OLR Research Report

September 30, 2005




By: Christopher Reinhart, Senior Attorney

You asked for a summary of LCO No. 24, “An Act Concerning the Acquisition of Real Property by Eminent Domain for Purposes of Economic Development.” This bill is scheduled for a Public Hearing before the Judiciary Committee on October 6, 2005.


This bill requires a condemning authority to make specific findings before it can use eminent domain to acquire real property that will be sold, leased, or conveyed to benefit a private party for economic development purposes. The condemning authority must find that the property is:

1. part of an integrated development plan with substantial and significant public uses or benefits,

2. not acquired solely to benefit a private party, and

3. reasonably necessary to carry out the development plan.

These rules apply regardless of any other statute, special act, or municipal charter or ordinance. They apply to the state, political subdivisions, and any entities to which they have delegated eminent

domain powers. “Real property” includes land, subterranean or

subsurface rights, structures, easements, air rights, franchises, and any interest in them.

EFFECTIVE DATE: Upon passage


A number of statutes authorize the use of eminent domain (see OLR Reports 2005-R-0578 and 2005-R-0583). The bill's provisions on the use of eminent domain for economic development appear to apply to the following statutes.

1. Under the urban sites remedial action program, the Department of Economic and Community Development commissioner in consultation with the Department of Environmental Protection commissioner can condemn polluted commercial or industrial property to remediate the pollution and lease or sell the property to promote business growth or expansion through the reuse or redevelopment of the property (CGS 22a-133m, 48-9).

2. The Office of Policy and Management secretary can take certain property related to the Adriaen's Landing project (CGS 32-655 and -658).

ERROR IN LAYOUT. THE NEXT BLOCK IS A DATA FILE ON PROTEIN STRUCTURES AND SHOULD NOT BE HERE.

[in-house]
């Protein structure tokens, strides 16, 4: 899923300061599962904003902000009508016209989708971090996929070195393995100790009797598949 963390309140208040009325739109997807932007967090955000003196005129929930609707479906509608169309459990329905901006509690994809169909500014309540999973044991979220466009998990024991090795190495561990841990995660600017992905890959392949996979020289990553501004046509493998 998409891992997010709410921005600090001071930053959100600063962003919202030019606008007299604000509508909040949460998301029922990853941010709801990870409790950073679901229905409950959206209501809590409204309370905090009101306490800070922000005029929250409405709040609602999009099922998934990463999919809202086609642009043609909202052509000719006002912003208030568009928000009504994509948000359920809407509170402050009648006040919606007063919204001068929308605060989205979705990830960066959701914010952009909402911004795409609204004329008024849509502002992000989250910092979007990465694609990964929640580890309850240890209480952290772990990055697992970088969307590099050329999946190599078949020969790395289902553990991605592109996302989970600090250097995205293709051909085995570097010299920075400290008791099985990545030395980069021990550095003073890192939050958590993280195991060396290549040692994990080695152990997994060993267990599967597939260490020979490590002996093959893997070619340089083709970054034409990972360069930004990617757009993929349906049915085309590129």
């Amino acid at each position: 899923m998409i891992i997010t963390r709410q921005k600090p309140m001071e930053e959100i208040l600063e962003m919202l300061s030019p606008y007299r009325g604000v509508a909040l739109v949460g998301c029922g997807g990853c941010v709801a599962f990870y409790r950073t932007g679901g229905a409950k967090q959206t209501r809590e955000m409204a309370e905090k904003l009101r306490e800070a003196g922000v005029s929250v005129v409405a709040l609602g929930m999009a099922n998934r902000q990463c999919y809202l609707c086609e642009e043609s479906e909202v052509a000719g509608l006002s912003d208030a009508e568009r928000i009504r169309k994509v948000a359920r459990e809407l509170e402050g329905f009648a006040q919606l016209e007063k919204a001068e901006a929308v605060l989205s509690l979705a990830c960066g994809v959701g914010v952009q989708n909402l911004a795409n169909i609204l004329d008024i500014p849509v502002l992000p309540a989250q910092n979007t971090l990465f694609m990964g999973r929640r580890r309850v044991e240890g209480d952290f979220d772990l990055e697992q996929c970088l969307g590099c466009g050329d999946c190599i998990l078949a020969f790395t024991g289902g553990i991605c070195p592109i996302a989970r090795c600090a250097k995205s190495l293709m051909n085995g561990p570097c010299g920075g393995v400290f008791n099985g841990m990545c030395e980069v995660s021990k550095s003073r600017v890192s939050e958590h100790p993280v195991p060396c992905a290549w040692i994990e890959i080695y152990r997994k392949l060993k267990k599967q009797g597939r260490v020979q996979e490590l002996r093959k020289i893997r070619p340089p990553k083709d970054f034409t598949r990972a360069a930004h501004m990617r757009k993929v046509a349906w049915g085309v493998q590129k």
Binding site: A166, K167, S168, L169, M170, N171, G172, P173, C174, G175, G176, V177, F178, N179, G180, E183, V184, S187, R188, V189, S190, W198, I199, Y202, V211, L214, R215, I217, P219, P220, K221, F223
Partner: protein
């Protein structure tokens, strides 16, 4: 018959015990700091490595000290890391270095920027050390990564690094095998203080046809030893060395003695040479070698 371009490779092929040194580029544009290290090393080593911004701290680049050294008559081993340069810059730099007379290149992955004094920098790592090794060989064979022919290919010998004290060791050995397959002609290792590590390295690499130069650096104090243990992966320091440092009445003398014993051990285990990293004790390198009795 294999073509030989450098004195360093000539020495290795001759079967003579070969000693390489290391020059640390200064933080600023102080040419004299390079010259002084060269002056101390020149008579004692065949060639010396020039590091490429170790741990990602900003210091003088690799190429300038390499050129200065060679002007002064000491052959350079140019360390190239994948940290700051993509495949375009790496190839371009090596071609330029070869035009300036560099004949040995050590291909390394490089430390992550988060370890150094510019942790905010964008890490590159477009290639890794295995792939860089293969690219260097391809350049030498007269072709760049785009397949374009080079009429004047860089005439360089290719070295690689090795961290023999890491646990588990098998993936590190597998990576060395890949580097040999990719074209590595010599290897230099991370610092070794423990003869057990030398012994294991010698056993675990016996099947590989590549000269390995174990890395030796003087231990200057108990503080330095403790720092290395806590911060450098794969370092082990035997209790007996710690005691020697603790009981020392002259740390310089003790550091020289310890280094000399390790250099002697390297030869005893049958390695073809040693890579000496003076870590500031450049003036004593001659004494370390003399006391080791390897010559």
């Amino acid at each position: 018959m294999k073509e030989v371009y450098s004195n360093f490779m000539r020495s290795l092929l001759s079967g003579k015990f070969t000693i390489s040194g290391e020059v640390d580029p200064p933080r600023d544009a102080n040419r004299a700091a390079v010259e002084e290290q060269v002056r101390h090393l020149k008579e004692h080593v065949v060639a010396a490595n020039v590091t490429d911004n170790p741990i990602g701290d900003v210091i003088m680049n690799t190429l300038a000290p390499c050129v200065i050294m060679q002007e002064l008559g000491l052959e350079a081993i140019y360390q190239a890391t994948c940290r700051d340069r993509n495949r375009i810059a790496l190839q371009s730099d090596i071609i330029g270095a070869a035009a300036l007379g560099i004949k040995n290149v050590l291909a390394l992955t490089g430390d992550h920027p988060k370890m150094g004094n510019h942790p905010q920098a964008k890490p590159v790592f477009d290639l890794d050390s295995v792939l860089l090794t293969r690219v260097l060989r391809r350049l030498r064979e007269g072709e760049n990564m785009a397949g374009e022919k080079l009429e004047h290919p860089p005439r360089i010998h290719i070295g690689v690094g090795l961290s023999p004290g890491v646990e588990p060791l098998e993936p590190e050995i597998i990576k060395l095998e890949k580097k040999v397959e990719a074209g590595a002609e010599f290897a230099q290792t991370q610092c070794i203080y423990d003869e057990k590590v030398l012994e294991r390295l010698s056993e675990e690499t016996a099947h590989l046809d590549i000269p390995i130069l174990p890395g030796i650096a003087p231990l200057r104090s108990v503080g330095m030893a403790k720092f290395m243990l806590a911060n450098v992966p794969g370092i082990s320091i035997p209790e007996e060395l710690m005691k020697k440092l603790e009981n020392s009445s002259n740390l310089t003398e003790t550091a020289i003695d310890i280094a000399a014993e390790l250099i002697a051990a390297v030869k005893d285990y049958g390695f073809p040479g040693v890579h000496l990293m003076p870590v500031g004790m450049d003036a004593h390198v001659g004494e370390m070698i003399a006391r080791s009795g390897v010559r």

3. A municipal corporation can take property located within a neighborhood revitalization zone that is identified in a strategic plan, to deal with substandard, insanitary, and blighted neighborhoods (CGS 7-600 et seq. and 48-6).

4. Under the redevelopment statutes, a redevelopment agency can acquire property by eminent domain with approval of the municipality's legislative body. The stated statutory purpose of these provisions is to deal with substandard, insanitary, deteriorated, deteriorating, slum, or blighted areas and acquiring property to eliminate those conditions, prevent their recurrence, remove structures, improve the sites, and dispose of the property for redevelopment (CGS 8-124 et seq.).

5. A redevelopment agency has the powers necessary or convenient to carry out urban renewal plans and projects, including powers conferred on redevelopment agencies for redevelopment projects. This includes eminent domain (CGS 8-143).

6. If a municipality's legislative body finds that acquiring non-contiguous single parcels designated in a community development plan is necessary to prevent the spread of slum or blight, the municipality or the community development agency acting in its name can acquire the property. The land can be acquired as under the redevelopment statutes, which includes eminent domain (CGS 8-169e).

7. A development agency can, with approval of the legislative body and in the municipality's name, acquire property by eminent domain within the area of a development plan (CGS 8-193).

8. An urban rehabilitation agency can recommend to the municipality's legislative body that abandoned industrial and commercial property be taken by eminent domain (CGS 8-293).

9. Under the economic development and manufacturing assistance act, an agency implementing a develop plan can, with approval of the municipality's legislative body and in the name of the municipality, condemn property that is necessary or appropriate for the project as identified in the plan (CGS 32-224).

10. The Capital City Economic Development Authority can acquire property by condemnation (a) in connection with the convention center facilities, hotel, on-site related private development, and related infrastructure improvements or (b) that is necessary or desirable to effectuate the purposes of the authority for the convention center project and hotel (CGS 32-602).


Kelo v. City of New London

In Kelo v. City of New London the U.S. Supreme Court ruled that New London could take privately owned properties for private development under its economic revitalization plan (125 S. Ct. 2655, June 23, 2005, The Court held that since the plan served a public purpose, it satisfied the U.S. Constitution's public use requirement, which bans government from taking land for public use without just compensation. Relying on prior decisions, the Court interpreted public use as being the equivalent of “public purpose.” OLR Report 2005-R-0560 analyzes that opinion.

The decision upheld the Connecticut Supreme Court's 2004 Kelo decision (268 Conn. 1), which found that New London's actions did not violate either the Connecticut or the U.S. constitutional bans against taking property for public uses without just compensation. OLR Reports 2004-R-0394 and 2004-R-0401 analyze that opinion.